Hypoxic pulmonary hypertension (HPH) is associated with pulmonary artery (PA) remodeling and right ventricular (RV) overload. We have previously uncovered collagen-mediated mechanisms of proximal PA stiffening in early HPH by manipulating collagen degradation and cross-linking using a transgenic mouse strain and a potent collagen cross-link inhibitor, β-aminopropionitrile (BAPN). However, the roles of collagen in distal PA remodeling, overall RV afterload, and RV hypertrophy in HPH remain unknown. Here, we used the same experimental strategy to investigate the effect of pulmonary vascular collagen content and cross-linking on steady and pulsatile RV afterload and on RV hypertrophy in early HPH. Collagenase-resistant mice (Col1a1(R/R)) and their littermate controls (Col1a1(+/+)) were exposed to normobaric hypoxia for 10 days with or without BAPN treatment. In vivo pulmonary vascular impedance, a comprehensive measure of RV afterload, was measured via simultaneous RV catheterization and echocardiography. Morphology and collagen accumulation were examined using histological techniques and ELISA in lungs and RVs. In both mouse strains, BAPN did not limit increases in pulmonary arterial pressure or pulmonary vascular resistance, indicating a negligible effect of either collagen content or cross-linking on steady RV afterload. However, BAPN prevented the increase in pulse pressure and RV hypertrophy in Col1a1(+/+) mice and these effects were absent in Col1a1(R/R) mice, suggesting a role for PA collagen content, not cross-linking, in the pulsatile RV afterload. Moreover, we found a significant correlation between pulse pressure and RV hypertrophy, indicating an important role for pulsatile RV afterload in RV overload in early HPH.

  10. Impact of oxygenator selection on hemodynamic energy indicators under pulsatile and nonpulsatile flow in a neonatal extracorporeal life support model.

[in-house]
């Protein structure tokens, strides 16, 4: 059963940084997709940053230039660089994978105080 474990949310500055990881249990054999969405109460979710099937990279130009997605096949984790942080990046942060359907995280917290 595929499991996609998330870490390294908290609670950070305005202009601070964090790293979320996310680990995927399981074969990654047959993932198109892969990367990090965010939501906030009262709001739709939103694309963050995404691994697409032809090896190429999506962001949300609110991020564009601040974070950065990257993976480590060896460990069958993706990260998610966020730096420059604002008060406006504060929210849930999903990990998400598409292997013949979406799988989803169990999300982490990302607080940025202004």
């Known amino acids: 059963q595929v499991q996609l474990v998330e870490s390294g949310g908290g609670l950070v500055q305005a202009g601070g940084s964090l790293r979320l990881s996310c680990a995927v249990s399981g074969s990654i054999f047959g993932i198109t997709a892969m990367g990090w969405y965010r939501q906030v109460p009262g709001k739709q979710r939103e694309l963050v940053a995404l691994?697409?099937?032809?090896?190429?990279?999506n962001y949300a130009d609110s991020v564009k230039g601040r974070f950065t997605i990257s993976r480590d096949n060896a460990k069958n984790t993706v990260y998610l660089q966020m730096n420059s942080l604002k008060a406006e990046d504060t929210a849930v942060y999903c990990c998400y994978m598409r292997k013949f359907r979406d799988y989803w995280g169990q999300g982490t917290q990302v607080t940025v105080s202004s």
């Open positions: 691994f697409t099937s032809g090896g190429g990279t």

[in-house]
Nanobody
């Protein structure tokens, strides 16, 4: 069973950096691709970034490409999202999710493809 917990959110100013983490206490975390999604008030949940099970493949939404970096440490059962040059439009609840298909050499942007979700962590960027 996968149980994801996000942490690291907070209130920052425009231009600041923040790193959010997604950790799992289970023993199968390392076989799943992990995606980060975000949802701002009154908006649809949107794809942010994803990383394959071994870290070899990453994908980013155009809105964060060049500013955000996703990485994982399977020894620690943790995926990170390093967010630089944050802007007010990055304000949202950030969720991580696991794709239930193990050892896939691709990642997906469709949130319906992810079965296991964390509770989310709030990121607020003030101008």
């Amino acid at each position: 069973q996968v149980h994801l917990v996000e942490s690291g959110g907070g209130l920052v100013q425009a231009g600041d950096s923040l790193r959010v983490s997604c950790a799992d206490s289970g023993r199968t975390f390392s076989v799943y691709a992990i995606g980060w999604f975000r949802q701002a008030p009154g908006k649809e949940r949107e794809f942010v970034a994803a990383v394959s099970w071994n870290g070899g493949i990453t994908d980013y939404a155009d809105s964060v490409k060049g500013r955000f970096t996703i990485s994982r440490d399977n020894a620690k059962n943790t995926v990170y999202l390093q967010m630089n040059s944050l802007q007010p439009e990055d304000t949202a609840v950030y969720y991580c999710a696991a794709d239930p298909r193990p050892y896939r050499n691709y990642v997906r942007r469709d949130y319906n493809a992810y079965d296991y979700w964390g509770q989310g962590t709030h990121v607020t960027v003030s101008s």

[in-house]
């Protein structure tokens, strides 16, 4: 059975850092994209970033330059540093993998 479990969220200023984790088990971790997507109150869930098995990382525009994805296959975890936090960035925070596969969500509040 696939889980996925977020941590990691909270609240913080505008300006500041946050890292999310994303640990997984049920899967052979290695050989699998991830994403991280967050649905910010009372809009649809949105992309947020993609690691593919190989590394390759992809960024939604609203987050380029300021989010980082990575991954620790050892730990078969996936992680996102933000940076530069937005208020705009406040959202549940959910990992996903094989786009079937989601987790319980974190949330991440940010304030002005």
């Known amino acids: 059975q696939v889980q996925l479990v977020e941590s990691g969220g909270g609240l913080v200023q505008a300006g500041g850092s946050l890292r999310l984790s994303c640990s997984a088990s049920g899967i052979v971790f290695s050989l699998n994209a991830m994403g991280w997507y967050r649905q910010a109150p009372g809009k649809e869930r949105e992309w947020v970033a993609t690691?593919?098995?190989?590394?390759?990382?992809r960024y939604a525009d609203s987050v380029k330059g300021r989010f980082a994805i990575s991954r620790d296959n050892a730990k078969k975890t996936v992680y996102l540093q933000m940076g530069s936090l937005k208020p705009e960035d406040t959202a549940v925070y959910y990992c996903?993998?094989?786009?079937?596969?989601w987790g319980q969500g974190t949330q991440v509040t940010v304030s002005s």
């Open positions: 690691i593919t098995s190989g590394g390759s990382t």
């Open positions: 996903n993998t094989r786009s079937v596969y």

PubMed

    Vasavada, Rahul; Khan, Sameer; Qiu, Feng; Kunselman, Allen; Undar, Akif

    2011-06-01

    This study compared the quality of perfusion delivered by two oxygenators--the hollow-fiber membrane Capiox Baby RX05 and silicone membrane Medtronic 0800--using hemodynamic energy indicators. The oxygenators were tested across varying flow rates and perfusion modes in a neonatal extracorporeal life support (ECLS) model. The experimental ECLS circuit included a Jostra HL-20 heart/lung machine with Jostra Roller pump, oxygenators with associated tubing and components, and a neonatal pseudo-patient. We used a 40/60 glycerin/water solution in the circuit as a blood analog. Testing occurred at flow rates of 250, 500, and 750 mL/min at 37°C under both pulsatile and nonpulsatile flow conditions. Hemodynamic data points consisted of recording 20-s intervals of data, and a total of 96 experimental repetitions were conducted. The pressure drop across the Capiox Baby RX05 oxygenator was significantly lower than the pressure drop across the Medtronic 0800 at all flow rates and perfusion modes. Furthermore, the Medtronic 0800 oxygenator showed significantly lower post-oxygenator energy equivalent pressures, total hemodynamic energy values, and surplus hemodynamic energy retention values compared to those of the Capiox Baby RX05. These results indicate the Medtronic 0800 oxygenator significantly dampens the hemodynamic energy compared to the Capiox Baby RX05. Consequently, clinical use of the Medtronic 0800 in a pulsatile ECLS setting is likely to mitigate the benefits provided by pulsatile flow. In contrast, the Capiox Baby RX05 better transmits hemodynamic energy to the patient with much lower pressure drop.

  11. Geophysical Logs, Aquifer Tests, and Water Levels in Wells in and Near the North Penn Area 7 Superfund Site, Upper Gwynedd Township, Montgomery County, Pennsylvania, 2002-2006

    USGS Publications Warehouse

    Senior, Lisa A.; Conger, Randall W.; Bird, Philip H.

    2008-01-01